I'm contemplating an UltraGauge MX - which will let me see 8 gauges at a time.

          Standby...

          Comment


          • #6
            I must admit that I prefer torque pro as it is easier to see on my android head unit and can be made to monitor much more with different methods of display.
            Toyota's techstream is probably the best if of course you have a copy and don't mind the trouble of having a laptop running! This allows you to take what Toyota call screenshots which can be set to record any parameters you are interested in or indeed everything at once. This can then be replayed and graphs made etc which is really helpful although it still doesn't explain why this recalculation seems to happen. I hadn't taken a record with Techstream before the ECU update which was DPF related so I don't know whether it happened or not before the mod.
            Unfortunately I am yet to be convinced that there is any "passive" regeneration occurring (ever) as I have not seen anything else change apart from the soot % falling back. This makes me think that the ECU is recalculating the % but I have no idea on what this is based. I am hoping someone will tell us.

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            • #7
              Canít see it being capable of passive Regan the exhaust temps donít get high enough

              this is all due to the engine design lowered compression to reduce Noxs = lower exhaust temps

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              • #8
                Unfortunately Torque doesn't run on IOS, but either-way, I prefer my phone to be a phone (and an MP3 player). I'd rather it not be a Swiss Army pocket knife of such Apps.
                Techstream is a little pricey to rent, altho' earlier versions seem to be cheap on Ebay and come with the OBD-USB connector.
                Any recommendations gratefully appreciated here.

                I need a dedicated display of OBD Gauges permanently mounted in the Prado that can display the DPF%, all Temps (EGT, DPF, ATF1,2,3, and a few other items).
                I have a TPMS, its great on the tracks.
                I'm hatching a plan to measure shocker temps on the run also.

                When I logged the partial/passive regens(78%-68%), and was paying attention, the EGT was over 400C. I was doing ~110Km/hr up-hill and down-dale.


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                • #9
                  I can shed some light on this topic. The "passive regen" you refer to is definitely a recalculation. I have run Techstream and monitored all parameters. What happens normally is the percentage full increases relatively linearly based on fuel usage and km travelled. When the recalculation occurs you'll start at the lower end percentage of around 6% just after a burn and the percentage full will increase almost in line with the km you are doing. Percentage full will be for example at 66% and only 66 to 70km has been done when normally at 150km it would be approx 50% so really it should only be at about 25%. Another tell tale sign that its a recalculation is that if you park the car after a short period of say 50km after a burn the percentage full is say about 50%. Let the car cool down for 24hrs and then when you restart the percentage full has changed to a much lower level.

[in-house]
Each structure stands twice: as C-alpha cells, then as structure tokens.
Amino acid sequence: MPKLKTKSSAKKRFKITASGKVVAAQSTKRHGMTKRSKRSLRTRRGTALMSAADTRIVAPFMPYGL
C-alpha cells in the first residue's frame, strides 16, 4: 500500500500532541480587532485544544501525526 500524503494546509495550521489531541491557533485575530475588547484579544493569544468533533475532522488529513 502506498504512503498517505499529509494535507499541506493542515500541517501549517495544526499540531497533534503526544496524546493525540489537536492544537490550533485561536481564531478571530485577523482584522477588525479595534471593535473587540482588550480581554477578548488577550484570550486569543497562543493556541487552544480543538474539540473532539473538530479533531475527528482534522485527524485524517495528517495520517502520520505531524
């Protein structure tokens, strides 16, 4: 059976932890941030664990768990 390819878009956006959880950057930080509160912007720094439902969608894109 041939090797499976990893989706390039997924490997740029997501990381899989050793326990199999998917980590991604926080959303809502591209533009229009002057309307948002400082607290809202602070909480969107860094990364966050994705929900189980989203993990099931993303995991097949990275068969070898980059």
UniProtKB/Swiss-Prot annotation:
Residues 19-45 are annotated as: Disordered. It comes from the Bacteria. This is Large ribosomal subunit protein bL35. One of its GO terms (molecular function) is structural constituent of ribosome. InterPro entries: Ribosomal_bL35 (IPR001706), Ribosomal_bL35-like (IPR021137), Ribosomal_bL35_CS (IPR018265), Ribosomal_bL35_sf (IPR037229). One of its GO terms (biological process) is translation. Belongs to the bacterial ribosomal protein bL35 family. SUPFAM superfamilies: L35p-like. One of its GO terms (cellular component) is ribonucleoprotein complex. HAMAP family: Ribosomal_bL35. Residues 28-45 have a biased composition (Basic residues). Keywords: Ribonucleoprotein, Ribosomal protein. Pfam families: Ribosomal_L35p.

2016 2.8l 6spd Auto Prado Crystal Pearl VX, Dual Battery, Pro Racks, Towbar.

                  Comment


                  • #10
                    Originally posted by RPP View Post
                    FYI:
                    Have driven my new 2018 Prado 150 GXL for a few months and 7000Kms. I have a Scan Gauge II with DPF% and EGT gauges programmed and have logged all full DPF burns and a couple of partial burns so far.

                    At highway speeds (100-110Km/hr) it takes an average of 76Kms to get from 100% down to 6%, sometimes 4% and even 0% DPF.
                    In the city (0-40-60-80Km/hr) it takes an average of 18Kms to get from 100% down to 6% DPF.
                    The city scenario includes stop/start at lights, and parking at shopping centers or overnight at home in the middle of the regen. The ECU seems to remember that it has to finish a burn.

                    I did a 200Km plus drive up the Googs Track north of Ceduna a couple of weeks ago. Speeds of 0-40Km over about 300 sand dunes and corrugated track. The vehicle did a DPF burn up the track between Googs Lake and Mt Finke. It took 15Kms to get from 100%-6% DPF.

                    Ive watched it do a few partial burns (78%-68%, 74%-72%, 48%-42%) usually at highway speeds.The partial burns are hard to spot tho.

                    It will continue to do a burn whilst at stop lights. Idle RPMs will be up around 900 instead of around the usual 650rpm.

                    The DPF% reading also seems to behave non-linearly. In the low %s it moves faster than in the high %s.

                    The smaller ones ones would not be burns just natural regen from the heat of the car, the burns that happen around town at the slower speed are the real burns would be the real burns that take it back to zero.

                    out of interest did the scan gauge come with DPF option? Our did u have to program something.
                    [b]Rob[/b]

                    [b]2016 Toyota Hilux SR5 D4D Auto Company Cruiser... [/b].
                    [url=http://www.pradopoint.com/showthread.php?23866-Hutch-s-2012-150-GXL-V6-petrol-Auto]Hutch's 2012 Build up[/url]